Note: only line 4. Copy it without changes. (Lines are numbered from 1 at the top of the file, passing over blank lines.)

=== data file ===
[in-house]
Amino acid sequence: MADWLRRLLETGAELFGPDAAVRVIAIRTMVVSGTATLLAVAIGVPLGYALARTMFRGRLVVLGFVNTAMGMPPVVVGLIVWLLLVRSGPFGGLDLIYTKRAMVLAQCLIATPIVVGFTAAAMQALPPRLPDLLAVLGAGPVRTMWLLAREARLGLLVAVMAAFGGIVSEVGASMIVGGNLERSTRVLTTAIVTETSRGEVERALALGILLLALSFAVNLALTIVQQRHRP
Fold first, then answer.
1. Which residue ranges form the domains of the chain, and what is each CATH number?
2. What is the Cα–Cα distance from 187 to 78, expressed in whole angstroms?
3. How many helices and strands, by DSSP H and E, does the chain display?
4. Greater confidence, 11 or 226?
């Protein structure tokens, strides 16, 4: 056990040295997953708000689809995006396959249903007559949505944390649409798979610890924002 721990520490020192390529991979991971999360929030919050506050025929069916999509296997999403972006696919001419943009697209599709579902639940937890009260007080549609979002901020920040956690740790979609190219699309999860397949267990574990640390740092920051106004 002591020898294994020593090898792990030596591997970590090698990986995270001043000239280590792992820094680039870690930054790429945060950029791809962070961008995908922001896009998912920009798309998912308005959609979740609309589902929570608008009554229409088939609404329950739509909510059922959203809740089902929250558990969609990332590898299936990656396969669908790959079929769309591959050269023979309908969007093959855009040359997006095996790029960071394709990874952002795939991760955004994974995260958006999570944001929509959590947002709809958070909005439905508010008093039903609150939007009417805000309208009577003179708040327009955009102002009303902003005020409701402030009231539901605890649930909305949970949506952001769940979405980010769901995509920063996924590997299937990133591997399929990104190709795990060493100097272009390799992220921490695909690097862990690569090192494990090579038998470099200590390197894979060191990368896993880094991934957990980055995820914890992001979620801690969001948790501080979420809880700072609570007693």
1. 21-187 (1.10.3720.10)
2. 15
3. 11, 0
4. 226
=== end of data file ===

1. Which residue ranges form the domains of the chain, and what is each CATH number?